When a TV show gets called a “secret,” it’s usually because it’s a low-rated cult classic, or is shielded behind the paywall of some obscure streaming service. But in the case of Amazon’s Forever, even the most basic information about its plot was kept a secret before its Friday release. When I speak to costars Fred Armisen and Maya Rudolph about what first drew them to the project, their visible effort to avoid specifics led to some comically vague answers.
“I’ll just say there was something spooky about it. Something scary,” Armisen says.
“It was very general, also,” Rudolph elaborates, barely.
Now that Forever is finally in the world, writers like me are free to expound on what makes the eerie, elegiac, heartfelt series so remarkable, beyond the already considerable selling point of featuring two of the most gifted comic performers currently working. Spoiler hardliners: You’ve been warned. Everyone else: Rudolph and Armisen play June and Oscar, a very different kind of married couple than the Swedish art dealers they once portrayed on Saturday Night Live. Two mild-mannered residents of Riverside, California, Oscar and June are wedded to both each other and their routine. So much so, in fact, that the routine continues even after they’re dead.
Forever is the brainchild of Master of None cocreator Alan Yang and comedy writer Matt Hubbard, who worked with Yang on Parks and Recreation in addition to stints on 30 Rock and Superstore. Rudolph and Armisen had already decided to reunite professionally after years of what Armisen calls “positive nagging,” but they turned to a series of writers to pitch them concepts for what that reunion might look like. “We said, ‘We want to sit back and have you come up with some ideas,’” Rudolph says, laughing.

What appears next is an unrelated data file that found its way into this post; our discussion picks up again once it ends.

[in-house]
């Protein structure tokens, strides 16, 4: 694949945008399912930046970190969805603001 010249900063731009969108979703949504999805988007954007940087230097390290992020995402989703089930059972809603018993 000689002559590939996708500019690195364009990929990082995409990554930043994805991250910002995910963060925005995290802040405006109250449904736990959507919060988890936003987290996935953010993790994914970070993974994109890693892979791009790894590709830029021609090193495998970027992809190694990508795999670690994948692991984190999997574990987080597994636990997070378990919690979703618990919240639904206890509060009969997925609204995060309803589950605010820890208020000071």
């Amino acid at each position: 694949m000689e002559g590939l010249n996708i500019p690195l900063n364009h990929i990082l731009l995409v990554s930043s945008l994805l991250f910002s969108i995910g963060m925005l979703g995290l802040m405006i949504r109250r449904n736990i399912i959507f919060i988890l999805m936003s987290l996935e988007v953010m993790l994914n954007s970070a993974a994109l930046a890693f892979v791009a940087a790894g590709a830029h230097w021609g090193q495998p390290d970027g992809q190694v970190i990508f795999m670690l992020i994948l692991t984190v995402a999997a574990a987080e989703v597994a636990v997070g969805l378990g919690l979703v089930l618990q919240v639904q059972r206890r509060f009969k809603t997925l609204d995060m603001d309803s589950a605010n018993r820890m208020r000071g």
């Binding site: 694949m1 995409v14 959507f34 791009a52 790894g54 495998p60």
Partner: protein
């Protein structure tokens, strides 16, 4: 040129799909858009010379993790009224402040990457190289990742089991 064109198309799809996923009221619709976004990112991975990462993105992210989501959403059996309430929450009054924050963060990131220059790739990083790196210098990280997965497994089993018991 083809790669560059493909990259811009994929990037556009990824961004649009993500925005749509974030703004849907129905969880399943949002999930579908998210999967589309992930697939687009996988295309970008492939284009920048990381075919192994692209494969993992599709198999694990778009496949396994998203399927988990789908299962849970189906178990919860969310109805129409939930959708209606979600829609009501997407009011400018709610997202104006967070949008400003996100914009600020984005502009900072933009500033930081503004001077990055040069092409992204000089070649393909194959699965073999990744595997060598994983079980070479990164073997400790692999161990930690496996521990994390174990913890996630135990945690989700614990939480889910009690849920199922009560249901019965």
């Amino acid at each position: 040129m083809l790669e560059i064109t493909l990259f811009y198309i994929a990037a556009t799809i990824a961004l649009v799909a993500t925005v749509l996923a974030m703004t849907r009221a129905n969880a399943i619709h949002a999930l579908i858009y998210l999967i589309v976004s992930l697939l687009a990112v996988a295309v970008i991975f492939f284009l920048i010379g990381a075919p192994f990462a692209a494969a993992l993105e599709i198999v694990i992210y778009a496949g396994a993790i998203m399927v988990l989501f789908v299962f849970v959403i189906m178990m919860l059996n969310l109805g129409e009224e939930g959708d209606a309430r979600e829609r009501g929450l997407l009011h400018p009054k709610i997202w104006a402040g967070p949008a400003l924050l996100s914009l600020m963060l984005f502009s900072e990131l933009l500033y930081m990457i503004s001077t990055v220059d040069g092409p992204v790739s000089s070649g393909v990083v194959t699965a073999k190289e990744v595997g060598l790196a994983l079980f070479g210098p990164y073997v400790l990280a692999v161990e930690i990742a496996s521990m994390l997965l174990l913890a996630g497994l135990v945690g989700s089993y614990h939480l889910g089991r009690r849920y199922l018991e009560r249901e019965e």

Yang isn’t the first person the actors met with, but he was the first to offer a thorough follow-up. “He sort of came to, ‘I’ll send you some ideas,’” Rudolph recalls. “Which people do sometimes — say they’re going to do, but don’t always really come through. I mean, I’m not saying everyone’s a liar, but …” “No, no!” Armisen quickly clarifies. “It’s just procrastination. Or people get busy doing something else.” Yang, however, sent over a full selection of possibilities — Rudolph doesn’t remember the specifics, but “something was based on a ’90s thing where I was like, ‘Oh, you’re younger than me’” — out of which the stars quickly homed in on Forever.
Armisen describes a pitch that anticipates the show’s dreamy, melancholic feel: “How long does love go on for? What does it look like if you keep going and going and going?” Forever is not the zany, sitcom-type enterprise one might expect given the principal talents’ CVs. Nor is it the detail-rich feat of world-building that audiences have come to expect from cryptic, high-concept series like Westworld or Game of Thrones. To address abstract topics like the meaning of partnership and the logical extreme of commitment, Forever pointedly skips past more grounded ones about the workings of its hypothetical afterlife. It’s an allegory, not an ornate fantasy.